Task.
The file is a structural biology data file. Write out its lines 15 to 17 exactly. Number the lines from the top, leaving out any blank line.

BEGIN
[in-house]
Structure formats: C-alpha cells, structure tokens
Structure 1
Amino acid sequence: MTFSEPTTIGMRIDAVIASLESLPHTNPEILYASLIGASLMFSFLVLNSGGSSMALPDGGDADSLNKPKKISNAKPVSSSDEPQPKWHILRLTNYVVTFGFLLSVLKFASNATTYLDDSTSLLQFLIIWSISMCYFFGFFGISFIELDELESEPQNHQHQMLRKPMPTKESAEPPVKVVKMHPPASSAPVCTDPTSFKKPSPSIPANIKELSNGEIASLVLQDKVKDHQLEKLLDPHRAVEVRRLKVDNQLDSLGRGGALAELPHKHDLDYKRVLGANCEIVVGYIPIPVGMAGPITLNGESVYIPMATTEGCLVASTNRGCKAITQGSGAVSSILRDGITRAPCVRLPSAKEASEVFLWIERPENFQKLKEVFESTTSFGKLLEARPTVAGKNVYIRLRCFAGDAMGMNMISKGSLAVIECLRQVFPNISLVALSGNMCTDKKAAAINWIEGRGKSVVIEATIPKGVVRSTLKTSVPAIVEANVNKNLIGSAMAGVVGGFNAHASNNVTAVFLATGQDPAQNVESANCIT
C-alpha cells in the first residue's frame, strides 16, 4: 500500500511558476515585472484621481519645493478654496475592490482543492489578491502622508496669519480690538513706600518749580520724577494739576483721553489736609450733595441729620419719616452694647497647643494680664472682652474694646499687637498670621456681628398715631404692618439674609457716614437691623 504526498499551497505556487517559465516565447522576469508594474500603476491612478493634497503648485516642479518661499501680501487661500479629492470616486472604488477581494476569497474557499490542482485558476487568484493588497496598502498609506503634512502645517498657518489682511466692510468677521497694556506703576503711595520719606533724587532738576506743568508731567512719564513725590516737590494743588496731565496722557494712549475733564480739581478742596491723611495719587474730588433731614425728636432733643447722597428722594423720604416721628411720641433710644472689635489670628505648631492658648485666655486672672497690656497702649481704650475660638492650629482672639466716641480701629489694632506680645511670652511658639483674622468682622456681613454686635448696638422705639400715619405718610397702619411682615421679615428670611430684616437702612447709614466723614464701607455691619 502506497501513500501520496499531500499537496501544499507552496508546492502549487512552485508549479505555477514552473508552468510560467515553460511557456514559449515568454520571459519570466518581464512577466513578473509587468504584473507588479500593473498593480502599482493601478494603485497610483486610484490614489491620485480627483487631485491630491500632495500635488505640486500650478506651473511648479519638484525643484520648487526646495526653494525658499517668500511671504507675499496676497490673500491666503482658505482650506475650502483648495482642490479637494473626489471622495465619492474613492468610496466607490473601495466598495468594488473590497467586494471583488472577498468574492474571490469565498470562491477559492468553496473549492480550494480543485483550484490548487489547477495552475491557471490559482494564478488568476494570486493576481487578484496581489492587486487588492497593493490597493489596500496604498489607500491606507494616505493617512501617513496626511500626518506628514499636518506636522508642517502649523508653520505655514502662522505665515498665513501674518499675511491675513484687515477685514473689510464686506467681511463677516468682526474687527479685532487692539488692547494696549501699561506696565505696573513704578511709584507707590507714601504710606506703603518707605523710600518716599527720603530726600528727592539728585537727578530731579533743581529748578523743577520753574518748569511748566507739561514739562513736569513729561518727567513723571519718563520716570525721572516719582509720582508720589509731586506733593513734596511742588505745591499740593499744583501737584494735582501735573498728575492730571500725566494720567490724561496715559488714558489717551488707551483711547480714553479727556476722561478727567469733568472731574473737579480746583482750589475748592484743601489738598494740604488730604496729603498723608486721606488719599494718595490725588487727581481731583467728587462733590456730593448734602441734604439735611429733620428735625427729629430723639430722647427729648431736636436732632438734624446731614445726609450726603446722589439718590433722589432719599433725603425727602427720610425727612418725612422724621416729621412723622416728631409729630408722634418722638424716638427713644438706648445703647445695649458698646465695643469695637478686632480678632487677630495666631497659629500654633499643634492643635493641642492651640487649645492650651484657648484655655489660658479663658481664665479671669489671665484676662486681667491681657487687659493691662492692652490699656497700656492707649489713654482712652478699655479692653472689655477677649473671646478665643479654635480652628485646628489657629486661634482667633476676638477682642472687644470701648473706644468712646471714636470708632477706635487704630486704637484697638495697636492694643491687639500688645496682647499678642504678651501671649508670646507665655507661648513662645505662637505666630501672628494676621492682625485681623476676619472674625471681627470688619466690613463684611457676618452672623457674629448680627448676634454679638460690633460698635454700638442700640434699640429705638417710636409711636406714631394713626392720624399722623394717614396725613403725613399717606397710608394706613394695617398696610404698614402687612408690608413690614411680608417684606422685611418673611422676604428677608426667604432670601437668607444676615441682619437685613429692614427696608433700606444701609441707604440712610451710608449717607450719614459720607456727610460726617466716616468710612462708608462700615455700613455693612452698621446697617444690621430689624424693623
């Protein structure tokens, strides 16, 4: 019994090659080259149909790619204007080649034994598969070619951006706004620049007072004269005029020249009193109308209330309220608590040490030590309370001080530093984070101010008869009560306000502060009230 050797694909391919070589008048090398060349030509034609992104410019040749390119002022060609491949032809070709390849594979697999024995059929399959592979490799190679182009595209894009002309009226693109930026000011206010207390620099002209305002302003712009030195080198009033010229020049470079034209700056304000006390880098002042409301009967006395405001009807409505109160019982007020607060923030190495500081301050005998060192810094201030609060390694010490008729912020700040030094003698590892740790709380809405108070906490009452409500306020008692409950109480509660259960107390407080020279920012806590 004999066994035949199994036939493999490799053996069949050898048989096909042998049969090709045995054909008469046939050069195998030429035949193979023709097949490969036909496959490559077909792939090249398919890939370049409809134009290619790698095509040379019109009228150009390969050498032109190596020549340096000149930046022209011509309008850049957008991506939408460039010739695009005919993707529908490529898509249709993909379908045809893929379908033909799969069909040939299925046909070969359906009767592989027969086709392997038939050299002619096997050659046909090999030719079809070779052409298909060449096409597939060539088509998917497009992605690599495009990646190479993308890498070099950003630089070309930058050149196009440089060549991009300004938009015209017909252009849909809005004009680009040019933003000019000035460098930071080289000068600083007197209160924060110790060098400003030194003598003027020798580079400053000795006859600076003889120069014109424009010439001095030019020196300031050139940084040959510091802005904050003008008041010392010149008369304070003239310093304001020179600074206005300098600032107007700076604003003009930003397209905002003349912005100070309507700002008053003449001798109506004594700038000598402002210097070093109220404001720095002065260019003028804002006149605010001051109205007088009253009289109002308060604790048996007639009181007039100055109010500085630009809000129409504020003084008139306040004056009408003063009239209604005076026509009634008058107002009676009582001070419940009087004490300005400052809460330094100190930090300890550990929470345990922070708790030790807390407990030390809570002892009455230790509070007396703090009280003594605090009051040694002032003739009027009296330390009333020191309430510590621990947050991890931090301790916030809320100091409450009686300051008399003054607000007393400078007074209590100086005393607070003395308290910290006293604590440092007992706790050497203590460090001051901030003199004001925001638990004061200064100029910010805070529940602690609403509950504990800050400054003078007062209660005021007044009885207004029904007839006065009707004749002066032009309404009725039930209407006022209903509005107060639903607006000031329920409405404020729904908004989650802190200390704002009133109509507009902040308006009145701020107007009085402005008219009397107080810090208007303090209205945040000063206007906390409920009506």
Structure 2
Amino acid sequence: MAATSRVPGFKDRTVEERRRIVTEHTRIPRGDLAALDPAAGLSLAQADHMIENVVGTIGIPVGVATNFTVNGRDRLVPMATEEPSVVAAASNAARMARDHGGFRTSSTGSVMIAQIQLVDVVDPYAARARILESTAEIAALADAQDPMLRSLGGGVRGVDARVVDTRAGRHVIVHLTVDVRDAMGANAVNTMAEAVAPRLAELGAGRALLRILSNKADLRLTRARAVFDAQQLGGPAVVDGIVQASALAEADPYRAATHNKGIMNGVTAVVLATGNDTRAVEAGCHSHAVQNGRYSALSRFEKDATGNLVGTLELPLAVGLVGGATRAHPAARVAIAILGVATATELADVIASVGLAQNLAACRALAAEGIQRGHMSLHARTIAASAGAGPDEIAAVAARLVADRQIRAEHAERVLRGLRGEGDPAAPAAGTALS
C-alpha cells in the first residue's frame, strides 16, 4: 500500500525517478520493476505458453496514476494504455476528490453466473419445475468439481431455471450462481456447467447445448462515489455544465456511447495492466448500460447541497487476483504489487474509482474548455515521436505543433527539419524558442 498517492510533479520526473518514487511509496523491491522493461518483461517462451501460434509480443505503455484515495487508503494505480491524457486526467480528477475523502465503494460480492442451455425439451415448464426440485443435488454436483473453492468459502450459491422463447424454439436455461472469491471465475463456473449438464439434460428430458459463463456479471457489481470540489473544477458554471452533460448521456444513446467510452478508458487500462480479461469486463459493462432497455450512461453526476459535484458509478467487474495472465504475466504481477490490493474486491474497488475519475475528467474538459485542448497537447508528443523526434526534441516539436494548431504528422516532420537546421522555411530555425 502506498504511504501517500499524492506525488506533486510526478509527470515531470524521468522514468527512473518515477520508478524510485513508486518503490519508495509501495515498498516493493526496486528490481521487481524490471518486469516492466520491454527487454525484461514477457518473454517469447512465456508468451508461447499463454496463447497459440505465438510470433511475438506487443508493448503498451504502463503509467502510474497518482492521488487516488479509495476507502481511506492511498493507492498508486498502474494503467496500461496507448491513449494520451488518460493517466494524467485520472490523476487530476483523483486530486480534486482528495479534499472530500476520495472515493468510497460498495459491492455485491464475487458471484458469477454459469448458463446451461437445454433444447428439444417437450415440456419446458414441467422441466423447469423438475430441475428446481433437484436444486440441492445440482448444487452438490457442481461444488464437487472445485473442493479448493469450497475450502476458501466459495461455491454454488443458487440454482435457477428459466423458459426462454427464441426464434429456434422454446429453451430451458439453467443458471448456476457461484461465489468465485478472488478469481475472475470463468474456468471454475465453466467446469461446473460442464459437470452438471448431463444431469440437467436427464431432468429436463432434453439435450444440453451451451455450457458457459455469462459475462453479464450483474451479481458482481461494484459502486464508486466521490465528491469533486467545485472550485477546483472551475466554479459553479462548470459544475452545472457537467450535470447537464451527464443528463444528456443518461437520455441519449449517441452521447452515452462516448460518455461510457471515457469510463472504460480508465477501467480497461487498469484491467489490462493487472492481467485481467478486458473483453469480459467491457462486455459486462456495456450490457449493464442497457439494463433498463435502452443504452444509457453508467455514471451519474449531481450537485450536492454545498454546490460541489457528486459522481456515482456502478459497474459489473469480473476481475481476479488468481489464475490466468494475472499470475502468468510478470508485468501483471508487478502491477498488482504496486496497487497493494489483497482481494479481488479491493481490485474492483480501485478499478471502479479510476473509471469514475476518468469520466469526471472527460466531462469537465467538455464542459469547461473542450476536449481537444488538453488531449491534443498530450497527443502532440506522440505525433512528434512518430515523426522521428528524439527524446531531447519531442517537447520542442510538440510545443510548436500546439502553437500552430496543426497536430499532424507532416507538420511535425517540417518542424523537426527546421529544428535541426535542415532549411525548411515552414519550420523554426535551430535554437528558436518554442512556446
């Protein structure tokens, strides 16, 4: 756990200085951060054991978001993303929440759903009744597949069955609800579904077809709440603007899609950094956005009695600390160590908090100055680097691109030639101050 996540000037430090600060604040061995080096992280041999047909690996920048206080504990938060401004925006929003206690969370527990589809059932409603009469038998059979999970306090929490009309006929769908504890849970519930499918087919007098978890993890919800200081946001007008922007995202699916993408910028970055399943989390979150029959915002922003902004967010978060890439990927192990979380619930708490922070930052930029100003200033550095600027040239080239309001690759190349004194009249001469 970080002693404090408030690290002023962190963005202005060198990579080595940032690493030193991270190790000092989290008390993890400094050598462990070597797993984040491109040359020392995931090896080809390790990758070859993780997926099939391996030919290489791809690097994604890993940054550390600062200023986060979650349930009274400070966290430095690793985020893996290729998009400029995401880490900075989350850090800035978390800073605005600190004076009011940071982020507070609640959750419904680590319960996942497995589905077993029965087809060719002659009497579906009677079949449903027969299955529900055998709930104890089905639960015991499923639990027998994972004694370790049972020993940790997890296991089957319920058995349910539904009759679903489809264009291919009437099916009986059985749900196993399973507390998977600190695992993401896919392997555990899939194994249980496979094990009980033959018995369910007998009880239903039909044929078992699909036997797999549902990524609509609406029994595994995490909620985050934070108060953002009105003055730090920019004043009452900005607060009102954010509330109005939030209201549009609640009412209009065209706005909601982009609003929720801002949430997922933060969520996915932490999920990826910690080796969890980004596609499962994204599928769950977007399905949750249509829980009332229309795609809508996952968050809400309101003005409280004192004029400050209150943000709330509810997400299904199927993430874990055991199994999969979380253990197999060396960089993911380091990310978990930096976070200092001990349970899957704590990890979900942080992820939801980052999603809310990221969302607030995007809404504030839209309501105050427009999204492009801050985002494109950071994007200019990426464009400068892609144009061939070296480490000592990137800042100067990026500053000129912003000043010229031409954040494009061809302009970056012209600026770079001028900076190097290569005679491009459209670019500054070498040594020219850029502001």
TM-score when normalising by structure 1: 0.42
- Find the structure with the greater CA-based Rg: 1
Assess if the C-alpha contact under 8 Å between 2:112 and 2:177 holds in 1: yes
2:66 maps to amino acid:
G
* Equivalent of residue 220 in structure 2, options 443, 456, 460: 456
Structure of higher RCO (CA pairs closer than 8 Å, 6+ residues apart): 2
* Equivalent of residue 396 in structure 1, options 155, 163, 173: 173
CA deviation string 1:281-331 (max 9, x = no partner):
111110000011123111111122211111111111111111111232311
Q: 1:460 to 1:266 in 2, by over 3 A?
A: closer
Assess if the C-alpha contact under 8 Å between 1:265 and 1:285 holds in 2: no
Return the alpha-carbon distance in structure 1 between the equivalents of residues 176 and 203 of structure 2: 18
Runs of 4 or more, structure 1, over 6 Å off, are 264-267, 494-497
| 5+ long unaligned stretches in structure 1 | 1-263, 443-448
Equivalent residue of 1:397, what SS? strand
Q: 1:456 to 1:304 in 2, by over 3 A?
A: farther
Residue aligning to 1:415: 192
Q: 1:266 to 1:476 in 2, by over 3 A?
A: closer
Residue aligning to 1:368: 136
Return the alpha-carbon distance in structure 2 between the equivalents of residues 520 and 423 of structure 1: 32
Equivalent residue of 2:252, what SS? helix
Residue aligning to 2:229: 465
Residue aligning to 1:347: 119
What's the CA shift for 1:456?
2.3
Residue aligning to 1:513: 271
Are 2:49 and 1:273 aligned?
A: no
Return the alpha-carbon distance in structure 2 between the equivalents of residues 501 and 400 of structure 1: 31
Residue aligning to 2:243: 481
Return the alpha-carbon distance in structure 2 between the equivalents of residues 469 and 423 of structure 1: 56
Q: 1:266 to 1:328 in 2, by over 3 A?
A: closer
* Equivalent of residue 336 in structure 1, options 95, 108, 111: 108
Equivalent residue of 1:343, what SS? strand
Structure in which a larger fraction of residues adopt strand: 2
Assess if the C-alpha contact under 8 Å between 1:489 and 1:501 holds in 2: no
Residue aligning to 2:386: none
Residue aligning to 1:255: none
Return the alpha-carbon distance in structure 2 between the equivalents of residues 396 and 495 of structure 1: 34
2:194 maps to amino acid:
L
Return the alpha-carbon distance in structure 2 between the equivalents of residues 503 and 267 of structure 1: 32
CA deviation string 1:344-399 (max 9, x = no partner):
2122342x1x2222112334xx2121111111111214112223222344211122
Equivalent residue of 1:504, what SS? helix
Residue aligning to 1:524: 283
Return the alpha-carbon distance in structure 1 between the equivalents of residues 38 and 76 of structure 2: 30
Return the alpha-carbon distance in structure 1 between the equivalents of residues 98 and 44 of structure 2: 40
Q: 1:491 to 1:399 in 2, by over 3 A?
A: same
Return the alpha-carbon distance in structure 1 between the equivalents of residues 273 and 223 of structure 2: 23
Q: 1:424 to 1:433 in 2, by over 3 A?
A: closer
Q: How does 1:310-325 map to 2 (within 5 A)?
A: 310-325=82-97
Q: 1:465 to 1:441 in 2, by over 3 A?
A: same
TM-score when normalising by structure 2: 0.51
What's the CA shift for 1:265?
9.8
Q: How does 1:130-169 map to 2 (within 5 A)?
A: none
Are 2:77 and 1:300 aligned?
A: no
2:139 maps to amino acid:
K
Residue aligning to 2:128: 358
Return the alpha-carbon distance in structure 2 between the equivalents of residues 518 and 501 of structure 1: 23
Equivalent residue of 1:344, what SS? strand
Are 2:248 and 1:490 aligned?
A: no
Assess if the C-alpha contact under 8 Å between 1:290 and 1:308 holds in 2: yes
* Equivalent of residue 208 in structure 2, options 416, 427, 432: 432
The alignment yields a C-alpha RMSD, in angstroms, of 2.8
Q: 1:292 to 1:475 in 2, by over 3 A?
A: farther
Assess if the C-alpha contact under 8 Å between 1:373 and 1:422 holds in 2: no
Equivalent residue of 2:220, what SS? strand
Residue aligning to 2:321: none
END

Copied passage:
G
* Equivalent of residue 220 in structure 2, options 443, 456, 460: 456
Structure of higher RCO (CA pairs closer than 8 Å, 6+ residues apart): 2